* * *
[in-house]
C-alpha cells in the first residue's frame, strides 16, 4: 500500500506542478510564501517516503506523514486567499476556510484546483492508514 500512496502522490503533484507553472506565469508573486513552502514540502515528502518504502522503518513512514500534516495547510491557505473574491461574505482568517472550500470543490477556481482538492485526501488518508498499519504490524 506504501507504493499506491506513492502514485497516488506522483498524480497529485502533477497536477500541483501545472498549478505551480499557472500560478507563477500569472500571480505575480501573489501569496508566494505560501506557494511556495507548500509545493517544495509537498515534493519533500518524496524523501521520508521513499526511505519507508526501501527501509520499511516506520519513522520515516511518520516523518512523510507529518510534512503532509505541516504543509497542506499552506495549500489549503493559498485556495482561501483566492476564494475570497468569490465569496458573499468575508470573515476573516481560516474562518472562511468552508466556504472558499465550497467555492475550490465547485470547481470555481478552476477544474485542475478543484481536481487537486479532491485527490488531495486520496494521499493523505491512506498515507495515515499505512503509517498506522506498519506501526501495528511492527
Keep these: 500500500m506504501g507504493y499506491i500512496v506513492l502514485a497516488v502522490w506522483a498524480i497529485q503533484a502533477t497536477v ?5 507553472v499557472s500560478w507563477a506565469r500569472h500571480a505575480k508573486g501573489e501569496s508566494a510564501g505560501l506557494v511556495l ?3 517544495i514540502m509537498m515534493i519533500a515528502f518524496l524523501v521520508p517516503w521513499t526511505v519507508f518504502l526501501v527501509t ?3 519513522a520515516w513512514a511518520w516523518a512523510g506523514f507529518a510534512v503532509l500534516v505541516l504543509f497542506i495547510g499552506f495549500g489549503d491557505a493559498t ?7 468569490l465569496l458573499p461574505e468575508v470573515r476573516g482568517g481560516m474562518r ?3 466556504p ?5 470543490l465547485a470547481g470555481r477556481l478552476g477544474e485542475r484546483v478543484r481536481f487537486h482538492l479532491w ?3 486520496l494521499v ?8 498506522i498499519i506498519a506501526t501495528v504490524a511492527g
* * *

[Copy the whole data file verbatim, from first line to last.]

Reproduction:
[in-house]
C-alpha cells in the first residue's frame, strides 16, 4: 500500500506542478510564501517516503506523514486567499476556510484546483492508514 500512496502522490503533484507553472506565469508573486513552502514540502515528502518504502522503518513512514500534516495547510491557505473574491461574505482568517472550500470543490477556481482538492485526501488518508498499519504490524 506504501507504493499506491506513492502514485497516488506522483498524480497529485502533477497536477500541483501545472498549478505551480499557472500560478507563477500569472500571480505575480501573489501569496508566494505560501506557494511556495507548500509545493517544495509537498515534493519533500518524496524523501521520508521513499526511505519507508526501501527501509520499511516506520519513522520515516511518520516523518512523510507529518510534512503532509505541516504543509497542506499552506495549500489549503493559498485556495482561501483566492476564494475570497468569490465569496458573499468575508470573515476573516481560516474562518472562511468552508466556504472558499465550497467555492475550490465547485470547481470555481478552476477544474485542475478543484481536481487537486479532491485527490488531495486520496494521499493523505491512506498515507495515515499505512503509517498506522506498519506501526501495528511492527
Keep these: 500500500m506504501g507504493y499506491i500512496v506513492l502514485a497516488v502522490w506522483a498524480i497529485q503533484a502533477t497536477v ?5 507553472v499557472s500560478w507563477a506565469r500569472h500571480a505575480k508573486g501573489e501569496s508566494a510564501g505560501l506557494v511556495l ?3 517544495i514540502m509537498m515534493i519533500a515528502f518524496l524523501v521520508p517516503w521513499t526511505v519507508f518504502l526501501v527501509t ?3 519513522a520515516w513512514a511518520w516523518a512523510g506523514f507529518a510534512v503532509l500534516v505541516l504543509f497542506i495547510g499552506f495549500g489549503d491557505a493559498t ?7 468569490l465569496l458573499p461574505e468575508v470573515r476573516g482568517g481560516m474562518r ?3 466556504p ?5 470543490l465547485a470547481g470555481r477556481l478552476g477544474e485542475r484546483v478543484r481536481f487537486h482538492l479532491w ?3 486520496l494521499v ?8 498506522i498499519i506498519a506501526t501495528v504490524a511492527g